Edinburgh's festivals: Leith to get its own comedy festival within months of new tram link going live
The historic port of Leith is to get its own comedy festival – in the first major new event since the launch of its tram link with the city centre.
Leith's dockers club, an old biscuit factory, former railway arches, a community centre and a music venue will all be deployed as venues when the inaugural event is staged in October.
A one-off night will also be staged in the run-up to the main event during the Edinburgh Festival Fringe in August.
The Leith Comedy Festival is being launched by comedy producer Rosalind Romer, who has worked in the industry for 20 years, including with acts like Frankie Boyle, Jimmy Carr, Nish Kumar, Josh Widdicombe and Sarah Millican. This comes after securing a place as a judge with the-then Perrier Awards, the biggest comedy prize at the Fringe.
She originally planned to launch the new festival in 2020, but was thwarted by the Covid pandemic, which brought the entire UK industry to a sudden halt.
Plans for the festival have been unveiled days after the completion of the tram line between Picardy Place, Leith and Newhaven.
Ms Romer, who lives in Leith, is launching the festival after setting up her own comedy production company, Punchline, in 2012. She plans to collaborate with local companies and charities to develop the programme for the event, which is due to run from October 6-8.
Gala shows, storytelling, an improv workshop, a family-friendly show and a laughter yoga event will all be part of the initial three-day festival. Venues will include Leith Depot, Leith Arches, the Biscuit Factory and the Duncan Place Community Centre.
Ms Romer said: “My whole career has centred around comedy, and I’d been playing with ideas about different types of events, where the connection is laughter. I came up with the idea in 2019 after chatting to loads of incredible companies in Leith, and being inspired by what they were doing.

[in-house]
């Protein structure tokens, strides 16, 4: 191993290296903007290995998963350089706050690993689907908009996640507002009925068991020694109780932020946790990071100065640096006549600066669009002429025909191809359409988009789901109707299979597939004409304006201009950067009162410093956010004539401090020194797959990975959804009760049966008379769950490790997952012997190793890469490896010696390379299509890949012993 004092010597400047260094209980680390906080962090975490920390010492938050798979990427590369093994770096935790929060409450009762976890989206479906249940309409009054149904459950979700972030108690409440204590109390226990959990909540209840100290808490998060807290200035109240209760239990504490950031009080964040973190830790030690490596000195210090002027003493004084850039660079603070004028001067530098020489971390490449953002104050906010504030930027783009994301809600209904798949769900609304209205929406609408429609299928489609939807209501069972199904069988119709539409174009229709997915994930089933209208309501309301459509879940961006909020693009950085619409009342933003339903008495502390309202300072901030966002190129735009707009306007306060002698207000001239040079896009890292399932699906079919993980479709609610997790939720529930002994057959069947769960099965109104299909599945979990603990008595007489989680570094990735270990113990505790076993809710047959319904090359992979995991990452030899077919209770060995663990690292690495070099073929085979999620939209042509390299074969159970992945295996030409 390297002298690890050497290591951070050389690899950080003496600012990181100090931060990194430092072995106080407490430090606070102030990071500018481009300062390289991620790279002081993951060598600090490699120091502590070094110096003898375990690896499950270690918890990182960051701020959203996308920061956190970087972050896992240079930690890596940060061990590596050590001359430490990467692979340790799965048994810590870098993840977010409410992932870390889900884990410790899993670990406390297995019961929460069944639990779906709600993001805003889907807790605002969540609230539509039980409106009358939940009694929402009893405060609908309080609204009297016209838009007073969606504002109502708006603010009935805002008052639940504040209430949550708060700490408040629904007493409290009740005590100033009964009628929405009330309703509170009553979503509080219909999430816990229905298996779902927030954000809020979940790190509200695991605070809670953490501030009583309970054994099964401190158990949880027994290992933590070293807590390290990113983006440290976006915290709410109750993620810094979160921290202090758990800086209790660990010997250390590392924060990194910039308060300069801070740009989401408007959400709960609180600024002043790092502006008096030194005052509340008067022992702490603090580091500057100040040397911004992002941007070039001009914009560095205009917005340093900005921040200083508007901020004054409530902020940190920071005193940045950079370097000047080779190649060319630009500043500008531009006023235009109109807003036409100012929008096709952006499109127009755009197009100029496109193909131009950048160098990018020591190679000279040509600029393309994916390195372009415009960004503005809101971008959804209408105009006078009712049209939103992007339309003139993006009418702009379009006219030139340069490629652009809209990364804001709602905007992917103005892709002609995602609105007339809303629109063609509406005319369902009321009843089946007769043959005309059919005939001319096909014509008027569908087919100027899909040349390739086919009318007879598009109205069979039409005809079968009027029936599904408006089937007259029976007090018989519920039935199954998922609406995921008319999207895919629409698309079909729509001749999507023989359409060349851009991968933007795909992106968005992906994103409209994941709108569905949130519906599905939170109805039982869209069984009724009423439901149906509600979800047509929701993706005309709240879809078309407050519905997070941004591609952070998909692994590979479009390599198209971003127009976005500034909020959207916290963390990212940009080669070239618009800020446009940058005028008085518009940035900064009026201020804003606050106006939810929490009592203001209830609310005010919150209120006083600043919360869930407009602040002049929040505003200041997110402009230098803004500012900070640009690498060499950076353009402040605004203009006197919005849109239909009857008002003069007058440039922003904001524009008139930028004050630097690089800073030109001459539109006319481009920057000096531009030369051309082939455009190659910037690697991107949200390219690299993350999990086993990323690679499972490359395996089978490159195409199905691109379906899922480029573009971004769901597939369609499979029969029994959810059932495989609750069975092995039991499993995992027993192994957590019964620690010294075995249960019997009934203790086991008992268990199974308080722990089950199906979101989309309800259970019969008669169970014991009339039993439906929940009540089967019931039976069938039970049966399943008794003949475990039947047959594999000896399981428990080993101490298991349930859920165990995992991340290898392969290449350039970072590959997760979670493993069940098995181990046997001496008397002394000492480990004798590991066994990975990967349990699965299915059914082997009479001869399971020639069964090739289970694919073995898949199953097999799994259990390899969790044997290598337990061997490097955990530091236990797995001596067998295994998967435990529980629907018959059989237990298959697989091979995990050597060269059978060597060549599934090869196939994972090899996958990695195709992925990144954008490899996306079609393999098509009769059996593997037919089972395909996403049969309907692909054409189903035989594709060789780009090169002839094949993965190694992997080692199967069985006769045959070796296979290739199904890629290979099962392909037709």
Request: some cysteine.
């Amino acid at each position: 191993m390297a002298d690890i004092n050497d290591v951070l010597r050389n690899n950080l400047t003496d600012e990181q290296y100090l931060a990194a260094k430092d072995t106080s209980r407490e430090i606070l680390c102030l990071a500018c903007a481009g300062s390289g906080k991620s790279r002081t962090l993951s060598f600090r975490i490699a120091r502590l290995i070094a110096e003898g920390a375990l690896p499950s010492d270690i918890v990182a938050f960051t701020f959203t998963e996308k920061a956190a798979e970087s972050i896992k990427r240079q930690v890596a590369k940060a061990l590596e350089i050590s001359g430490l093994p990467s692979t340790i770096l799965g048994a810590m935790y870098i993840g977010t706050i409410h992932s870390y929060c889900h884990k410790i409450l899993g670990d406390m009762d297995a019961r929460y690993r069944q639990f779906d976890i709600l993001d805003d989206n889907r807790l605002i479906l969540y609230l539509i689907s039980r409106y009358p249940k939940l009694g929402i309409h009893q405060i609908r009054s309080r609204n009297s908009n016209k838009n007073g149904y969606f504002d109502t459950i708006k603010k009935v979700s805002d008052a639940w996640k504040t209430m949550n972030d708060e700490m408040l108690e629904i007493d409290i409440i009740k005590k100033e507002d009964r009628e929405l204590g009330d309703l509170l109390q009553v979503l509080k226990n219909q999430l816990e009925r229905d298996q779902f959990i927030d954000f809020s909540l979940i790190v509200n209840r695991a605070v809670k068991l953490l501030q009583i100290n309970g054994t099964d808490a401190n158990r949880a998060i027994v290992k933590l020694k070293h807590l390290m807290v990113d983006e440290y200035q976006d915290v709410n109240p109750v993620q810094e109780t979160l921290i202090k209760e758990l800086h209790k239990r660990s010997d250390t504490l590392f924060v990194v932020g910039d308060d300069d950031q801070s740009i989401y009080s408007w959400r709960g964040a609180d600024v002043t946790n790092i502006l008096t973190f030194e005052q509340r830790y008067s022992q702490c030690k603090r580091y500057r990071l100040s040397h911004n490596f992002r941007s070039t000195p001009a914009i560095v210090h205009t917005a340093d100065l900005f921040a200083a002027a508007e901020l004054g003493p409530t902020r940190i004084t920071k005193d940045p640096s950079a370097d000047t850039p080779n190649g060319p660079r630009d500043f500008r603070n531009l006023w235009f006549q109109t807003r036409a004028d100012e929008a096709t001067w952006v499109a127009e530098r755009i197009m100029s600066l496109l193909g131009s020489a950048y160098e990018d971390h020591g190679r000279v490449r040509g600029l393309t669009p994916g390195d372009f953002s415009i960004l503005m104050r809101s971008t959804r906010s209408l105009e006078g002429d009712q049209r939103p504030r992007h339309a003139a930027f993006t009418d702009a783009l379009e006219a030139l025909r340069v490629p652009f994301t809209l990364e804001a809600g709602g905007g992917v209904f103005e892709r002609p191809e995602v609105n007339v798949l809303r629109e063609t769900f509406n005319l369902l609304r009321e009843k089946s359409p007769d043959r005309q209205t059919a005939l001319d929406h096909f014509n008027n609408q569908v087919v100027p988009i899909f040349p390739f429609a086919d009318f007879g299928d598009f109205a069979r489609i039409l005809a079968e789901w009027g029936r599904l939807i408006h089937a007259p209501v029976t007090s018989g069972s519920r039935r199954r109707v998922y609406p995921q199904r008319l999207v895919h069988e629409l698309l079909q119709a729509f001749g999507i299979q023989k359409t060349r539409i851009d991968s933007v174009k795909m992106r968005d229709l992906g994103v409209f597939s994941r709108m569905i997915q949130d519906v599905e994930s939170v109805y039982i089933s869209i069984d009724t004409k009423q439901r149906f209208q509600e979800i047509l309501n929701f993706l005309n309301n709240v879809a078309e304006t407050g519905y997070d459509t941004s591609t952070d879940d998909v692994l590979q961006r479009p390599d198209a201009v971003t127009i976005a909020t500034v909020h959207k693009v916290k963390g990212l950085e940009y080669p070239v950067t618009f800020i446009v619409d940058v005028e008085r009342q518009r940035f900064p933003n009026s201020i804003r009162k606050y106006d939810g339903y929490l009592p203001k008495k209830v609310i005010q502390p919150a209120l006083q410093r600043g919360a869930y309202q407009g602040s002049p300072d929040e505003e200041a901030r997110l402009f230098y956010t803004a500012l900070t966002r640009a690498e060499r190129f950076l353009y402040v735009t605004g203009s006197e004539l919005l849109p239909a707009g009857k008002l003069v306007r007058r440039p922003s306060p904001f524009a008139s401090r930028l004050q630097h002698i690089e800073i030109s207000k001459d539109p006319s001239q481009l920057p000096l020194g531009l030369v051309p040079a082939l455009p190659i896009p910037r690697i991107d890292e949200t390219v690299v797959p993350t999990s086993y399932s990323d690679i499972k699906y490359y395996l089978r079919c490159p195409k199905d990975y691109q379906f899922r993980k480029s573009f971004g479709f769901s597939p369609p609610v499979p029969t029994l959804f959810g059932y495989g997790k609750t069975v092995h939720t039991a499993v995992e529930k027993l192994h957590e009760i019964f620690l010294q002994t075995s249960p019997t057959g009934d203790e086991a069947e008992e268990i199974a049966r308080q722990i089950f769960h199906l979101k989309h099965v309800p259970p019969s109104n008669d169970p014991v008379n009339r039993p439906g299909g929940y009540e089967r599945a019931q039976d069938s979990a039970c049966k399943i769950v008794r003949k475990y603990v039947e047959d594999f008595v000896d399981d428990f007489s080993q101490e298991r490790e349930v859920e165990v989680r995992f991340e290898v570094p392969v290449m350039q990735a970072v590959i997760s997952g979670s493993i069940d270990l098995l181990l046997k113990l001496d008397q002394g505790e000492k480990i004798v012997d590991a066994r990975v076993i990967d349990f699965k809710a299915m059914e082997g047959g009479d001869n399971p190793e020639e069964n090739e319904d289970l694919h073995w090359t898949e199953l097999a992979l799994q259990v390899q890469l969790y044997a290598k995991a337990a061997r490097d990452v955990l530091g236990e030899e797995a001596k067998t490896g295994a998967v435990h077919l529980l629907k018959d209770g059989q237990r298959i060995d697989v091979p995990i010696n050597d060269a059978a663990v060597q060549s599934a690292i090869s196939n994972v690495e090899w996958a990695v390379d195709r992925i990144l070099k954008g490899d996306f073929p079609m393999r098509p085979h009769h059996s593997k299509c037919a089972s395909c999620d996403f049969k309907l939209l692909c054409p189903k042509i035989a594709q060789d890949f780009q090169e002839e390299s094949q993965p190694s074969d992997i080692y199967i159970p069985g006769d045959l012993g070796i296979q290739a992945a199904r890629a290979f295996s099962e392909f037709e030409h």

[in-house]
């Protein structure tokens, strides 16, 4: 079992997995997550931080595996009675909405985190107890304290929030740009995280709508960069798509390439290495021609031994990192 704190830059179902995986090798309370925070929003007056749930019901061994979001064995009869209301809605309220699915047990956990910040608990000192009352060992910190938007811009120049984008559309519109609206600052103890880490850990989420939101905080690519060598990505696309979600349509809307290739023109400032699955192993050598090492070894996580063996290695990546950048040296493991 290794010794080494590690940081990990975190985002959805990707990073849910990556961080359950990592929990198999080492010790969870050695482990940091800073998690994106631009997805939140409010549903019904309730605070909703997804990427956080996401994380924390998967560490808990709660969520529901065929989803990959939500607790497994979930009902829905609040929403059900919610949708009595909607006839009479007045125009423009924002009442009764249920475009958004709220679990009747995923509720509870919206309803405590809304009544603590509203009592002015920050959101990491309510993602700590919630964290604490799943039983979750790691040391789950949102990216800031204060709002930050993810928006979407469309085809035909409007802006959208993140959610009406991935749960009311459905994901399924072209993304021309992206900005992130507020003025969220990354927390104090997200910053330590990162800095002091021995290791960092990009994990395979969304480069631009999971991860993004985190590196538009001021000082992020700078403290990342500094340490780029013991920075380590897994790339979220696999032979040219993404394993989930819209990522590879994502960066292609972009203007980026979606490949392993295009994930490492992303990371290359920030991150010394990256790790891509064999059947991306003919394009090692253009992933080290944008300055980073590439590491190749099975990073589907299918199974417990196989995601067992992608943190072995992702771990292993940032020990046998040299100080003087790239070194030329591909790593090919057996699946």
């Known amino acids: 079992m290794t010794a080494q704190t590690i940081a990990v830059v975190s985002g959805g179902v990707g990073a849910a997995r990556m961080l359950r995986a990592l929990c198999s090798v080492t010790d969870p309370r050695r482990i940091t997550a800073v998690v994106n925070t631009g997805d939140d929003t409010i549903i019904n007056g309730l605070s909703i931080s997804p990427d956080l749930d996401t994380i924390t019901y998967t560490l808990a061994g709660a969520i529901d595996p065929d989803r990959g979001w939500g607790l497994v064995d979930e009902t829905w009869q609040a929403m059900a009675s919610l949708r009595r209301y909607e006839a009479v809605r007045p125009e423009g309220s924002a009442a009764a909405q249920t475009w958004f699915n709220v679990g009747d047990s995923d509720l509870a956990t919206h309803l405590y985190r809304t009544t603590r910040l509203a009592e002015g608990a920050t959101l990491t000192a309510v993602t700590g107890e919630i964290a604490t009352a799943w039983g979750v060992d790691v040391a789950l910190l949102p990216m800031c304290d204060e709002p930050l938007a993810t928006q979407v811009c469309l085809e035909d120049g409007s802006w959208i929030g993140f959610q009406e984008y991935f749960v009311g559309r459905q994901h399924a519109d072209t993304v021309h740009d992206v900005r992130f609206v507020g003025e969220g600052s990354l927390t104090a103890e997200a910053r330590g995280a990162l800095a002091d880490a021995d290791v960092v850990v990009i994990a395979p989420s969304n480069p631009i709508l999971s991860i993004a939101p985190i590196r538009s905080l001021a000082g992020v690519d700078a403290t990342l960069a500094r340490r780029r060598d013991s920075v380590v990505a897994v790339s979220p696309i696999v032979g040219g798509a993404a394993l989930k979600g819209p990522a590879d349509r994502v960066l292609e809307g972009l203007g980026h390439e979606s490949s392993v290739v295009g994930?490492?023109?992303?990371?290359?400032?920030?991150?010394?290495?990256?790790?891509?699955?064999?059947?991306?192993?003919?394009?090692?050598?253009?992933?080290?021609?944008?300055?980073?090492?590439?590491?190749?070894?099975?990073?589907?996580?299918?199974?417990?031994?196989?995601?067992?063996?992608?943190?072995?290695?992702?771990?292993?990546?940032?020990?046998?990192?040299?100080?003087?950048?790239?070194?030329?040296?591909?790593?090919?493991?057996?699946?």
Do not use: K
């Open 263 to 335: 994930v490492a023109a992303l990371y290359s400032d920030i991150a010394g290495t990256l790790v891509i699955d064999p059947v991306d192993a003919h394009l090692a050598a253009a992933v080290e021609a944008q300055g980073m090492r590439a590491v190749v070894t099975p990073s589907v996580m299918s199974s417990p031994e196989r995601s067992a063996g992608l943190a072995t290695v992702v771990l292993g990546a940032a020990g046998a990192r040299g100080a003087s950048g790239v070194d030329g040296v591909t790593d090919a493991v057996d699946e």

"There are a lot of social enterprises based here as well as creative companies. There’s a natural humour in Leith, and people seemed excited by the idea. Quite a few people wondered why there wasn’t one already.”
Ms Romer, a Glasgow University graduate, said the Adelaide Fringe’s Garden of Unearthly Delights, Machynlleth Comedy Festival in Wales and Kilkenny Cat Laughs in Ireland had all helped inspired her own plans for Leith.
Although comedy is by far the biggest art form in the Edinburgh Festival Fringe, with more than 1,100 shows due to be staged this August, very few dedicated comedy festivals have been launched in Scotland. Both Glasgow and Aberdeen host large-scale events.
Ms Romer said: “I’m deliberately keeping the first festival small. I’ve always liked the idea of experimenting with what works and what doesn’t, not determining everything from the start. Like a stand-up, you don’t know how a joke will land until you try it out in front of an audience.
“In the future, I’d like to add in the more traditional format of solo shows, and I’m dying to use some of the quirkier venues in Leith, which is welcoming, creative and straight-talking, with a great sense of humour.
“The first Leith Comedy Festival has been built with Leithers in mind, but everyone is welcome.”
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